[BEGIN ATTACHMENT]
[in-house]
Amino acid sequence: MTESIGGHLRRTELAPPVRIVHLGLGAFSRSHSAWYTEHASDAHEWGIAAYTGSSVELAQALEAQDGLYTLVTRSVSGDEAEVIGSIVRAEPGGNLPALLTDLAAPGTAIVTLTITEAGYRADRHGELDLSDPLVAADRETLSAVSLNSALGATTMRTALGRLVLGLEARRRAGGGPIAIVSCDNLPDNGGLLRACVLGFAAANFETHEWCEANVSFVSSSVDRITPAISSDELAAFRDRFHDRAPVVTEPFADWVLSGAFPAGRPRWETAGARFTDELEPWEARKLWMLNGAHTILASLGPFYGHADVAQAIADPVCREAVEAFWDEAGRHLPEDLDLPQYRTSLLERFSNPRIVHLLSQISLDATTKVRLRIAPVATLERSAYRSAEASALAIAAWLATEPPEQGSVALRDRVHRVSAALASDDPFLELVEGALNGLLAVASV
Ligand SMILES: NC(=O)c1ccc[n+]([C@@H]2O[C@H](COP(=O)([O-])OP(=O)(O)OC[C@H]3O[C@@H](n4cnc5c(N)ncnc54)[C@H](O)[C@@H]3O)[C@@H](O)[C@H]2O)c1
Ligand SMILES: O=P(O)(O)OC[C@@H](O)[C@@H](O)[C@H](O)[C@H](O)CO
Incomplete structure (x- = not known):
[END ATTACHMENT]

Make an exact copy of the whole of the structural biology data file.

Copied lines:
[in-house]
Amino acid sequence: MTESIGGHLRRTELAPPVRIVHLGLGAFSRSHSAWYTEHASDAHEWGIAAYTGSSVELAQALEAQDGLYTLVTRSVSGDEAEVIGSIVRAEPGGNLPALLTDLAAPGTAIVTLTITEAGYRADRHGELDLSDPLVAADRETLSAVSLNSALGATTMRTALGRLVLGLEARRRAGGGPIAIVSCDNLPDNGGLLRACVLGFAAANFETHEWCEANVSFVSSSVDRITPAISSDELAAFRDRFHDRAPVVTEPFADWVLSGAFPAGRPRWETAGARFTDELEPWEARKLWMLNGAHTILASLGPFYGHADVAQAIADPVCREAVEAFWDEAGRHLPEDLDLPQYRTSLLERFSNPRIVHLLSQISLDATTKVRLRIAPVATLERSAYRSAEASALAIAAWLATEPPEQGSVALRDRVHRVSAALASDDPFLELVEGALNGLLAVASV
Ligand SMILES: NC(=O)c1ccc[n+]([C@@H]2O[C@H](COP(=O)([O-])OP(=O)(O)OC[C@H]3O[C@@H](n4cnc5c(N)ncnc54)[C@H](O)[C@@H]3O)[C@@H](O)[C@H]2O)c1
Ligand SMILES: O=P(O)(O)OC[C@@H](O)[C@@H](O)[C@H](O)[C@H](O)CO
Incomplete structure (x- = not known):